Ashley Turner, Biology
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1:00-1:10pm | Houston Cole Library, 11th Floor
Two distinct species of New World vultures are native to North America and inhabit Alabama, black vultures (Coragyps atratus) and turkey vultures (Cathartes aura). They are scavengers that consume decaying carcasses or carrion, which helps reduce the spread of disease. Vultures are susceptible to declining population numbers as they have been trapped and killed due to the belief that they spread disease, additionally contact with poisons and habitat destruction have also led to their decline. Currently, these two vultures are one of the seven vulture species with least concern and stable in Alabama and the world. However, it is important to remember current threats to these vultures exist. It has been observed that vultures will sometimes excrete waste onto their legs. There are two ideas behind this behavior, one is urohidrosis and the other is microbial control. The second idea of microbe control has not been directly studied or tested experimentally. To test this proposed question, we will collect fecal samples from both black vultures and turkey vultures. Antimicrobial properties of both species’ excrement will be tested by a Kirby-Bauer test, both from live and heat killed excrement samples. The samples will be screened against 10 bacterial species as well as C. elegans and zone of inhibitions for each will be measured. Microbiome analysis will also be examined with fresh excrement samples through 16S ribosomal RNA sequencing. This study proposes to gain a better understanding of how these scavengers evolved to consume carrion, as it is important to understand their biology, health, and status. We plan to examine the antimicrobial properties of vulture excrement and the microbiome of black vultures and turkey vultures in the Alabama area.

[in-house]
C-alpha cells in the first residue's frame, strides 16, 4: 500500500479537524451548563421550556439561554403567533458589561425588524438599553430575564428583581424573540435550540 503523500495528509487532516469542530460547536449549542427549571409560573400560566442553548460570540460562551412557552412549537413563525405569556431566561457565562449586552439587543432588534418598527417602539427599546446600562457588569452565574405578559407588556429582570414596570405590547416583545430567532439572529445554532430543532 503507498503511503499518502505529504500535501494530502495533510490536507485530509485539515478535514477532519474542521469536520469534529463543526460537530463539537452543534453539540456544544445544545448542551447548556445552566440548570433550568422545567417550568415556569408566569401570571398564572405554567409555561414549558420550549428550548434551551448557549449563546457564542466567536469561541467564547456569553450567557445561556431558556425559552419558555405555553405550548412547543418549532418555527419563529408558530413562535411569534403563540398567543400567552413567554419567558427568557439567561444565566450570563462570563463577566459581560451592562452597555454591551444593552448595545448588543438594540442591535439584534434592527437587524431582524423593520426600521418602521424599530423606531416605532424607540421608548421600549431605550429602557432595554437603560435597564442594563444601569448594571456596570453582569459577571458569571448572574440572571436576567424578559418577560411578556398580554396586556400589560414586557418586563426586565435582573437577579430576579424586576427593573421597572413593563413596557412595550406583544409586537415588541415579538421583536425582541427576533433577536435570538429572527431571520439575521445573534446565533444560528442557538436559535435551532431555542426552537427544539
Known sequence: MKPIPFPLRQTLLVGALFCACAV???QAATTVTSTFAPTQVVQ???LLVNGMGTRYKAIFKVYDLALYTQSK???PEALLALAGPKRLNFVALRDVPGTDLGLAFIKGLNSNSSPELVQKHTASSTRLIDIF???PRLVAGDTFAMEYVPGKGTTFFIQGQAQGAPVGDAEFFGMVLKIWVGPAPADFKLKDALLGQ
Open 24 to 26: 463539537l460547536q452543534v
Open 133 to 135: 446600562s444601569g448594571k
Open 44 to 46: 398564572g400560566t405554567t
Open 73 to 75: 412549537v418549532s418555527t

student research, biology
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Gray, Bridgette, "Characterization of Anti-microbial Properties of Excrement and Functional Microbiome of New World Vultures in Alabama" (2022). JSU Student Symposium 2022. 44.